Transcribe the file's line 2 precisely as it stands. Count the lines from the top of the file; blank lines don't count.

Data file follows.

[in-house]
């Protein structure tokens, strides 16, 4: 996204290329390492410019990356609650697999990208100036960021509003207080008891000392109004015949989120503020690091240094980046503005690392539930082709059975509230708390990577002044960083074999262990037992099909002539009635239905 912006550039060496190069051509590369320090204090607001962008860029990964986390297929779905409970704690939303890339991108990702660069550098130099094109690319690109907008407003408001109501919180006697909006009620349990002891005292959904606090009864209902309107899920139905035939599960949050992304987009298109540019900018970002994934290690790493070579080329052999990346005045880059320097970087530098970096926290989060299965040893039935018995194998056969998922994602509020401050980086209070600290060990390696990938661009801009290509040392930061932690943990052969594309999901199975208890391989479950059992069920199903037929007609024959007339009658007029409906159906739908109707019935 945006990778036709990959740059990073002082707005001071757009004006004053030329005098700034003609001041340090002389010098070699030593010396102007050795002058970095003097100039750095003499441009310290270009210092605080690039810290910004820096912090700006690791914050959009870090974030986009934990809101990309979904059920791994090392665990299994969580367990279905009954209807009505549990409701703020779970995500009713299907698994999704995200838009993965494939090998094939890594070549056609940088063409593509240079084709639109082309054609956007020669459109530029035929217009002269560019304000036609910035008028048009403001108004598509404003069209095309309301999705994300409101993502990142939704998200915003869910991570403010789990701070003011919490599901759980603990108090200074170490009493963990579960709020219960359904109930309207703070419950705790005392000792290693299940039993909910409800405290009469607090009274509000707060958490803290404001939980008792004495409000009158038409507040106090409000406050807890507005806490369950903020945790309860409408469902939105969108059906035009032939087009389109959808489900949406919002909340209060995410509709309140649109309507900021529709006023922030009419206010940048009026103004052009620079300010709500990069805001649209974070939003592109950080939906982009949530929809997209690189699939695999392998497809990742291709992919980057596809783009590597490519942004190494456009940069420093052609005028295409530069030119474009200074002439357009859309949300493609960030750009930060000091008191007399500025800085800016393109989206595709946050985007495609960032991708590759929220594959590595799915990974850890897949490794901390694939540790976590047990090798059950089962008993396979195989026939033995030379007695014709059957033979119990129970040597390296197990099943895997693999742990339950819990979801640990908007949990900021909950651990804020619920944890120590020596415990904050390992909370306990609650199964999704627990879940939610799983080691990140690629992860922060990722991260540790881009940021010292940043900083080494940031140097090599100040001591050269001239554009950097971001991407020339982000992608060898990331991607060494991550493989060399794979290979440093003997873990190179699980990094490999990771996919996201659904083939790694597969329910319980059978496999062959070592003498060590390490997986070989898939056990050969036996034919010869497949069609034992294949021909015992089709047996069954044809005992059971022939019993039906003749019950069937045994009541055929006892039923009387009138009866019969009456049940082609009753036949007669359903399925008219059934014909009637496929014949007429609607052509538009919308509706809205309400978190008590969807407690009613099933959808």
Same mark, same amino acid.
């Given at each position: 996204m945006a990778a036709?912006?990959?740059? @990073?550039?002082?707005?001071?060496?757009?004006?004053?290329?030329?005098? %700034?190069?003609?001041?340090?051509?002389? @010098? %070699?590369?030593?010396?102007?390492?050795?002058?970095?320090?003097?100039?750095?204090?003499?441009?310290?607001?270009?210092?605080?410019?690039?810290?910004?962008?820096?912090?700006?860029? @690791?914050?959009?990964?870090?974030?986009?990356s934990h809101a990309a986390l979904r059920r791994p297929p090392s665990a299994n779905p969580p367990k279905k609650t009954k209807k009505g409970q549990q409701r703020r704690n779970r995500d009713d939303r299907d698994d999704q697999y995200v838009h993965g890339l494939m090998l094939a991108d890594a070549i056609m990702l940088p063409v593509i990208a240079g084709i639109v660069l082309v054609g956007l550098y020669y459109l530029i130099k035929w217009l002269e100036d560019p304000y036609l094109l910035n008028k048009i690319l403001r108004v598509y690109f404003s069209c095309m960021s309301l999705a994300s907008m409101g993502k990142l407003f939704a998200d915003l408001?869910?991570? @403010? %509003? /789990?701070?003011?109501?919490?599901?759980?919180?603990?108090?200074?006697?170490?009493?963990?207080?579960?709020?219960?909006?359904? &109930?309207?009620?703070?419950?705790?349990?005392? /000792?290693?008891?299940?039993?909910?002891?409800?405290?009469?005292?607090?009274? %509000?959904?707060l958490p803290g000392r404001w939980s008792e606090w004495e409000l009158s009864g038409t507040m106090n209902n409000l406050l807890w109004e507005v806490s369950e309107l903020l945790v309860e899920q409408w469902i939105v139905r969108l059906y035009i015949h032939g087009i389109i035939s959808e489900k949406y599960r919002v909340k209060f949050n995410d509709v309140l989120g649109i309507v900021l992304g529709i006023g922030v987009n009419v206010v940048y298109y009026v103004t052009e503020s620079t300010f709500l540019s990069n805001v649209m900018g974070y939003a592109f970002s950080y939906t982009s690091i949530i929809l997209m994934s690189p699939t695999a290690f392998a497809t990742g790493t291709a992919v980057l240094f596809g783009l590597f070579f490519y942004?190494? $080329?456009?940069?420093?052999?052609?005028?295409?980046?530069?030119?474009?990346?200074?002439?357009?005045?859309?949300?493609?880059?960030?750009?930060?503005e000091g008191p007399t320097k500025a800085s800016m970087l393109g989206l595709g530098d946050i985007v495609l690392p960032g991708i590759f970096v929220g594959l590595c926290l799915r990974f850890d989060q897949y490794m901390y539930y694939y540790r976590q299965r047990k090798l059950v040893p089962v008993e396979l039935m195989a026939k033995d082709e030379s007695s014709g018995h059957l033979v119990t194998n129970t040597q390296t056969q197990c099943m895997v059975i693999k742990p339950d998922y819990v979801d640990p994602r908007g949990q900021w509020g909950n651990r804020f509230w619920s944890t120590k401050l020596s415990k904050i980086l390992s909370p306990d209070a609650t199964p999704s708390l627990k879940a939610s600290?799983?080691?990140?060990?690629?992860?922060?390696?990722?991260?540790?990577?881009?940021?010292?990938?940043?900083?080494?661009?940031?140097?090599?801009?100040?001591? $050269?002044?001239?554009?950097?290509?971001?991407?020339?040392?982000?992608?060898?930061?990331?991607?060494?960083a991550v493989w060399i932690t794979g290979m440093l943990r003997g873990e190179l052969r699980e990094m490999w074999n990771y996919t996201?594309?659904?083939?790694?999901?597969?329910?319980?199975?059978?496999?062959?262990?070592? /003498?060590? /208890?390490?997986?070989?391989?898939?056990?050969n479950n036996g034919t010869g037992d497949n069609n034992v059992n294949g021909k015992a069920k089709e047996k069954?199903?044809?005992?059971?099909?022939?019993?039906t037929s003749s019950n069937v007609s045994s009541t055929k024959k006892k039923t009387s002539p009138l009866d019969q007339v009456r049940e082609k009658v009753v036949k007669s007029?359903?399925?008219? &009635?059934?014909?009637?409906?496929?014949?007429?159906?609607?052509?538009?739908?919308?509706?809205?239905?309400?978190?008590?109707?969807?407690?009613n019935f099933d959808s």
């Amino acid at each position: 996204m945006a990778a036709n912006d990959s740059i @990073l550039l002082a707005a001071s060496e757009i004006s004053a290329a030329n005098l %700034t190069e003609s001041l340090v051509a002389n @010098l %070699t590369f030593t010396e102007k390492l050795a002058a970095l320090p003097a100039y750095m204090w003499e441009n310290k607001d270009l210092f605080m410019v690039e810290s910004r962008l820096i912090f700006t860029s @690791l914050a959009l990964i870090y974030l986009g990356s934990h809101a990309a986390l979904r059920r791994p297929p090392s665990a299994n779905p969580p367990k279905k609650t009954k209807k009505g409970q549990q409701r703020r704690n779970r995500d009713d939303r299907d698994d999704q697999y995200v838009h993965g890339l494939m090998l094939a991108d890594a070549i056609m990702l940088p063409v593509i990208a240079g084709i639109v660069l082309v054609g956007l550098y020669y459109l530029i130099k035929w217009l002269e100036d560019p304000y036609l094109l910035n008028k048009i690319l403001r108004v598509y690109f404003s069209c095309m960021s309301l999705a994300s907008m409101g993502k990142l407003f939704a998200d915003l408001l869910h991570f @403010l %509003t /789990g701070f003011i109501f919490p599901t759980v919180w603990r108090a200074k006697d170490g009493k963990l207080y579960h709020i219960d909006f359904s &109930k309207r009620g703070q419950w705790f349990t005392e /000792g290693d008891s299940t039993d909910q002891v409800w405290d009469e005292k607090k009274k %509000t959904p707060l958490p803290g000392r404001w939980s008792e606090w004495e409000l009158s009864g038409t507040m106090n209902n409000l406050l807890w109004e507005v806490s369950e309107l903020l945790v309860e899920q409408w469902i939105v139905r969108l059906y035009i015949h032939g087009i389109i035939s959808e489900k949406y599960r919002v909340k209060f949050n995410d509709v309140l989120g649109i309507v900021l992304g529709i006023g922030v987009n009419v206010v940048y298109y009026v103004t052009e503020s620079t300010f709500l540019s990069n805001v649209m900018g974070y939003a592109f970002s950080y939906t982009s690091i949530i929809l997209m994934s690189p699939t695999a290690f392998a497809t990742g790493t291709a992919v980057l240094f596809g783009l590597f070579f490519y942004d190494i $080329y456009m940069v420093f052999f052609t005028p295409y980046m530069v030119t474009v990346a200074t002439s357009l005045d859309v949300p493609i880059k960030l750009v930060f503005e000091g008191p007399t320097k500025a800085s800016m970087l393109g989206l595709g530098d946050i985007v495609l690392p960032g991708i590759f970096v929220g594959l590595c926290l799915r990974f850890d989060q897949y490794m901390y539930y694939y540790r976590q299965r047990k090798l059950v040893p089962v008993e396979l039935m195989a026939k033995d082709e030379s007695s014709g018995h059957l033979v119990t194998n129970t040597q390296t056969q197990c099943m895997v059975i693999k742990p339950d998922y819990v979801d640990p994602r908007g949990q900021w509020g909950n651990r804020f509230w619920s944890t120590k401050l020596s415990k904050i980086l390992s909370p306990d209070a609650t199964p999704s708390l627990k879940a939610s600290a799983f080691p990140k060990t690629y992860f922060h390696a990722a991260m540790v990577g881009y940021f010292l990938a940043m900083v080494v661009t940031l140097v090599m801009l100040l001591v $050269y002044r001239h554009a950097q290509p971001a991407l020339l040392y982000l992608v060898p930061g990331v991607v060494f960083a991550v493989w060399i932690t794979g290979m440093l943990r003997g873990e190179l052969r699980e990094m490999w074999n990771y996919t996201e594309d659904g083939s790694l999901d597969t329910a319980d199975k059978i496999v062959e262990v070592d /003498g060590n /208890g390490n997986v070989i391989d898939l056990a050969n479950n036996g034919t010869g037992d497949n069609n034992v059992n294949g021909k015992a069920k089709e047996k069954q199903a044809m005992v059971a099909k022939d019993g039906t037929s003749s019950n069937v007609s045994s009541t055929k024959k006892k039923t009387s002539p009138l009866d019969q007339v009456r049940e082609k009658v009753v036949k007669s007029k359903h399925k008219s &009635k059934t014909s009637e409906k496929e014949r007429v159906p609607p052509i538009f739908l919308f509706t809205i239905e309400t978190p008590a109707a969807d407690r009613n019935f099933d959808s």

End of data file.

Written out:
């Protein structure tokens, strides 16, 4: 996204290329390492410019990356609650697999990208100036960021509003207080008891000392109004015949989120503020690091240094980046503005690392539930082709059975509230708390990577002044960083074999262990037992099909002539009635239905 912006550039060496190069051509590369320090204090607001962008860029990964986390297929779905409970704690939303890339991108990702660069550098130099094109690319690109907008407003408001109501919180006697909006009620349990002891005292959904606090009864209902309107899920139905035939599960949050992304987009298109540019900018970002994934290690790493070579080329052999990346005045880059320097970087530098970096926290989060299965040893039935018995194998056969998922994602509020401050980086209070600290060990390696990938661009801009290509040392930061932690943990052969594309999901199975208890391989479950059992069920199903037929007609024959007339009658007029409906159906739908109707019935 945006990778036709990959740059990073002082707005001071757009004006004053030329005098700034003609001041340090002389010098070699030593010396102007050795002058970095003097100039750095003499441009310290270009210092605080690039810290910004820096912090700006690791914050959009870090974030986009934990809101990309979904059920791994090392665990299994969580367990279905009954209807009505549990409701703020779970995500009713299907698994999704995200838009993965494939090998094939890594070549056609940088063409593509240079084709639109082309054609956007020669459109530029035929217009002269560019304000036609910035008028048009403001108004598509404003069209095309309301999705994300409101993502990142939704998200915003869910991570403010789990701070003011919490599901759980603990108090200074170490009493963990579960709020219960359904109930309207703070419950705790005392000792290693299940039993909910409800405290009469607090009274509000707060958490803290404001939980008792004495409000009158038409507040106090409000406050807890507005806490369950903020945790309860409408469902939105969108059906035009032939087009389109959808489900949406919002909340209060995410509709309140649109309507900021529709006023922030009419206010940048009026103004052009620079300010709500990069805001649209974070939003592109950080939906982009949530929809997209690189699939695999392998497809990742291709992919980057596809783009590597490519942004190494456009940069420093052609005028295409530069030119474009200074002439357009859309949300493609960030750009930060000091008191007399500025800085800016393109989206595709946050985007495609960032991708590759929220594959590595799915990974850890897949490794901390694939540790976590047990090798059950089962008993396979195989026939033995030379007695014709059957033979119990129970040597390296197990099943895997693999742990339950819990979801640990908007949990900021909950651990804020619920944890120590020596415990904050390992909370306990609650199964999704627990879940939610799983080691990140690629992860922060990722991260540790881009940021010292940043900083080494940031140097090599100040001591050269001239554009950097971001991407020339982000992608060898990331991607060494991550493989060399794979290979440093003997873990190179699980990094490999990771996919996201659904083939790694597969329910319980059978496999062959070592003498060590390490997986070989898939056990050969036996034919010869497949069609034992294949021909015992089709047996069954044809005992059971022939019993039906003749019950069937045994009541055929006892039923009387009138009866019969009456049940082609009753036949007669359903399925008219059934014909009637496929014949007429609607052509538009919308509706809205309400978190008590969807407690009613099933959808």